Jim O'Neill
Economist O'Neil coined the terms BRICs (Brazil, Russia, India and China) in 2001

The top Conservative behind George Osborne's so called Northern Powerhouse project has quit the government today (23 September).

Lord Jim O'Neill's resignation as commercial secretary to the Treasury is the first of Theresa May's administration. O'Neill, a former Goldman Sachs economist, is also resigning the Tory whip to become a cross-bench peer.

O'Neill played a central role in Osborne's plan to devolve more powers and control to the North of England in a bid to boost the region's economy.

He also chaired the Cities Growth Commission in the UK until October 2014, when it provided its final recommendations.

May said she was "absolutely committed" to the Northern Powerhouse project, but O'Neill threatened to quit the government in August if the new Conservative premier downgraded the previous administration's plans.

O'Neil, who coined the terms Bric (Brazil, Russia, India and China) in 2001, mentioned the government's policy over China and India in his resignation letter to May.

"The case for both to be at the heart of British economic policy is even stronger following the referendum, and I am pleased that, despite speculation to the contrary, both appear to be commanding your personal attention," he said.

"I am leaving knowing that I can play some role supporting these critical initiatives as a non-governmental person." O'Neil also said he was looking forward to "moving to the cross benches of the Lords". It has been reported that O'Neil disagreed with May's stance on the Hinkley Point C deal behind the scenes.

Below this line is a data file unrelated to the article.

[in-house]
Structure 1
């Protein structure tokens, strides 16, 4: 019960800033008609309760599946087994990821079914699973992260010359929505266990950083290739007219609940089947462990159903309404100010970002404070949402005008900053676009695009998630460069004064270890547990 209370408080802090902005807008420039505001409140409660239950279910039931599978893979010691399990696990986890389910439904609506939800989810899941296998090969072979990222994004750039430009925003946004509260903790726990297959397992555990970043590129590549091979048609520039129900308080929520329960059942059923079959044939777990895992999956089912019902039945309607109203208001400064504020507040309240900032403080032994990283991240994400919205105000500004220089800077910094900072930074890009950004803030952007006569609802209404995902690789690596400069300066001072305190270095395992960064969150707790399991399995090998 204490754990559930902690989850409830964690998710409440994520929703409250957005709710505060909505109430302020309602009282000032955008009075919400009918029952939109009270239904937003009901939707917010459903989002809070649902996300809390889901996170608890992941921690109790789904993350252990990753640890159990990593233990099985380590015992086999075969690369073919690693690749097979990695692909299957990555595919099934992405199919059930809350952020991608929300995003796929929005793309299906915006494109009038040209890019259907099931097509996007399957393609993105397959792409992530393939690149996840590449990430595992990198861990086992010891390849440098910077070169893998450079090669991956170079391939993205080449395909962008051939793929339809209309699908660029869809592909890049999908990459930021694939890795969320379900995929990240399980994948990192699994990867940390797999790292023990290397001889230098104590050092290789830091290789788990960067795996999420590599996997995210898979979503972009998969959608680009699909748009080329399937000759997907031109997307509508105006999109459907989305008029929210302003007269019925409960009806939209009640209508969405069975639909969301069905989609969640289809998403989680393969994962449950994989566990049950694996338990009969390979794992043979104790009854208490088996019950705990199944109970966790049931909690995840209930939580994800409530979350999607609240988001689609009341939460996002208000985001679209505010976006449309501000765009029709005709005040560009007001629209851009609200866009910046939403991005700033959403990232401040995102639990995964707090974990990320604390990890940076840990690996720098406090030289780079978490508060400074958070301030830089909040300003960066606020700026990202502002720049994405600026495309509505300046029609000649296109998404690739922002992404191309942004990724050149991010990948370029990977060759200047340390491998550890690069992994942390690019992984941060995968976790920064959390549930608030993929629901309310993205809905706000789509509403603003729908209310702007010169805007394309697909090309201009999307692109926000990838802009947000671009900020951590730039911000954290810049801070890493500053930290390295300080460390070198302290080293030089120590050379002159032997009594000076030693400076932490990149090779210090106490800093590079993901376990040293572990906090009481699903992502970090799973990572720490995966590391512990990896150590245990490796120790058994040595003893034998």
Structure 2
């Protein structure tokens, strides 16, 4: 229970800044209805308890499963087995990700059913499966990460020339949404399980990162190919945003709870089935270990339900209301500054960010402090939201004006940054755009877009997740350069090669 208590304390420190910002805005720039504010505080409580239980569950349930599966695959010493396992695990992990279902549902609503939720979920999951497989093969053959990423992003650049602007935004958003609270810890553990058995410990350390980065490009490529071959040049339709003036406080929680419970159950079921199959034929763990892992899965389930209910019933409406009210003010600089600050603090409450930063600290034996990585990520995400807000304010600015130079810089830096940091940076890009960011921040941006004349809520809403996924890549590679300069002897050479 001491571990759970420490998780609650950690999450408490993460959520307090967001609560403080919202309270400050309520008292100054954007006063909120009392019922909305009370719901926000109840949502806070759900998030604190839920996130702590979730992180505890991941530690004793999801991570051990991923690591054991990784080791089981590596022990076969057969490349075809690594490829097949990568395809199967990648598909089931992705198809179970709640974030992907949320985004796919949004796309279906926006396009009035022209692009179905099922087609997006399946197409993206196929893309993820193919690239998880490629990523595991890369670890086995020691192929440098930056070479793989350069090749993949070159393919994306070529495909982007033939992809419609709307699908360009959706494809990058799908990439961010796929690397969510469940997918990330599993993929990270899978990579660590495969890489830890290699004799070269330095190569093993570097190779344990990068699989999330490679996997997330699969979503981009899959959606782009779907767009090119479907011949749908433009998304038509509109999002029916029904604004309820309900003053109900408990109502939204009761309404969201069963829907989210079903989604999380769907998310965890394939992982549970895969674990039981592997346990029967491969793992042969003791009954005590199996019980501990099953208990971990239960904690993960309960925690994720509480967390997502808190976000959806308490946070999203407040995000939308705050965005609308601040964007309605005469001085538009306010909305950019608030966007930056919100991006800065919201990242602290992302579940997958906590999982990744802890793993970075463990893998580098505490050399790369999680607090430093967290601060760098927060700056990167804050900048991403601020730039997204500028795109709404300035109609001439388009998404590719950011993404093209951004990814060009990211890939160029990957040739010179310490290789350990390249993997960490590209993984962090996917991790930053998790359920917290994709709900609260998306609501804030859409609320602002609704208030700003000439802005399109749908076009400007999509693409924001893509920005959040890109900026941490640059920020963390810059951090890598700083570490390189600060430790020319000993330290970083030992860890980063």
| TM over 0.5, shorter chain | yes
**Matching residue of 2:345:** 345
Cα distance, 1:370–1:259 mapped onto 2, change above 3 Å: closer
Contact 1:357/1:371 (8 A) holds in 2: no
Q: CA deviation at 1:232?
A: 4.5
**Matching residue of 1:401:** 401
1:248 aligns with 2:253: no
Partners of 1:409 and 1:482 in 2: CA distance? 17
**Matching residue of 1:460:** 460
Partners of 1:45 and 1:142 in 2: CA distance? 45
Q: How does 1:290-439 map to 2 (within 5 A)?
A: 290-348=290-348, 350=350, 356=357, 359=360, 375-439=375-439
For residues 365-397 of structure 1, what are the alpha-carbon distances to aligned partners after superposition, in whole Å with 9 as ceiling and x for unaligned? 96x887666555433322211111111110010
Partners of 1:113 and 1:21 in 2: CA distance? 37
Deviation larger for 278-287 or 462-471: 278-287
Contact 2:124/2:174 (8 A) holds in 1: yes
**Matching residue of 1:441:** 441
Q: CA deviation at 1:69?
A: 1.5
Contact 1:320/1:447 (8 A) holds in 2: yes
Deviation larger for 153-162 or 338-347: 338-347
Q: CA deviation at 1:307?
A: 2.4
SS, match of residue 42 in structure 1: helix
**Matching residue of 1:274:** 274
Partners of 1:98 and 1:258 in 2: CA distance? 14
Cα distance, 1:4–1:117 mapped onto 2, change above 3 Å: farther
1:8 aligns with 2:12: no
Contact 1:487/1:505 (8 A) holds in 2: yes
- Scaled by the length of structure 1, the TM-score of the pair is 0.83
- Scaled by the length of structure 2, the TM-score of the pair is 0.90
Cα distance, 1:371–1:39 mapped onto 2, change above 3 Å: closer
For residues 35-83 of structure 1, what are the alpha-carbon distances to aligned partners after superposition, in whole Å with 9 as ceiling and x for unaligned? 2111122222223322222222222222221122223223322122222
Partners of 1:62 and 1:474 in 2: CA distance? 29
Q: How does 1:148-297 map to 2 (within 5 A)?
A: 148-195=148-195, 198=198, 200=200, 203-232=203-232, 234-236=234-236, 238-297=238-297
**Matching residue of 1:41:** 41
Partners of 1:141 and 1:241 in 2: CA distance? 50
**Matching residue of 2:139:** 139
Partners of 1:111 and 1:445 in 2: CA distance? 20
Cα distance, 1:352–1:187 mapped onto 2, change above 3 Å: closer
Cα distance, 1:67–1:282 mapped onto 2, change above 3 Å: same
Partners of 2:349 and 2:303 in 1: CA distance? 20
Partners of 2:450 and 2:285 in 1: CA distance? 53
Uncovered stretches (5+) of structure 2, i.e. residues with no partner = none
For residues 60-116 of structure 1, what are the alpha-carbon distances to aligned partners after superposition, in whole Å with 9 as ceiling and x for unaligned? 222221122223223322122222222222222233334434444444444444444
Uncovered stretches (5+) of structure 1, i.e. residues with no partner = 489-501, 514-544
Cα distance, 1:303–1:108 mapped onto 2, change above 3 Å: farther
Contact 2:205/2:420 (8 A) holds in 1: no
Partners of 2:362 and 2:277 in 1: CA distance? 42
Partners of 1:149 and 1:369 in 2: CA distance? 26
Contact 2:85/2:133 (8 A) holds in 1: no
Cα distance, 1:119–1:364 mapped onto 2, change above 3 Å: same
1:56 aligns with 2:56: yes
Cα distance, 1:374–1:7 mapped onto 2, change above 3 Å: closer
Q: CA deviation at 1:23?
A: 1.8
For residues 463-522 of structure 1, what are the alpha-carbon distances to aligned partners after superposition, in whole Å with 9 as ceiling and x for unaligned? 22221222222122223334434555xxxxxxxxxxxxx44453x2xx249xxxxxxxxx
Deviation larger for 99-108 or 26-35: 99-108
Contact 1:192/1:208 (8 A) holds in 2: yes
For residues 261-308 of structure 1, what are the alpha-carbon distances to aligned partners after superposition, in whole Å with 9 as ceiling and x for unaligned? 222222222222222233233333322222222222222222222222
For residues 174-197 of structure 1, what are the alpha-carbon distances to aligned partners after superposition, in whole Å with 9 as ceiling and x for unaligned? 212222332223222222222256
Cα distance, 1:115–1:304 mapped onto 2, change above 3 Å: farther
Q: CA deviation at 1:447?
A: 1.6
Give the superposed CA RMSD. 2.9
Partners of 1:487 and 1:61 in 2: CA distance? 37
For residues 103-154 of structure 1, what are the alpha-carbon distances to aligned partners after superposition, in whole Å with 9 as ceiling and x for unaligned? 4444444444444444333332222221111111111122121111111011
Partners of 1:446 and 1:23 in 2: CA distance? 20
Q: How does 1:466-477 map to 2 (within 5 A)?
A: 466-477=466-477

Elsewhere, he led a government review into the global challenge of antimicrobial resistance.

"Leading this review has been one of the most stimulating roles I have ever undertaken and I am very grateful to all those involved, especially my review team, and all those across government that allowed the UK to take such a global leadership position in this key threat to the world," O'Neil said.

"It goes without saying that our success is symbolic of the way that the UK can be influential in a post-Brexit world."

What is antimicrobial resistance?

Antimicrobial resistance happens when microorganisms (such as bacteria, fungi, viruses, and parasites) change when they are exposed to antimicrobial drugs (such as antibiotics, antifungals, antivirals, antimalarials, and anthelmintics). Microorganisms that develop antimicrobial resistance are sometimes referred to as "superbugs".

As a result, the medicines become ineffective and infections persist in the body, increasing the risk of spread to others.

[Source: World Health Organization]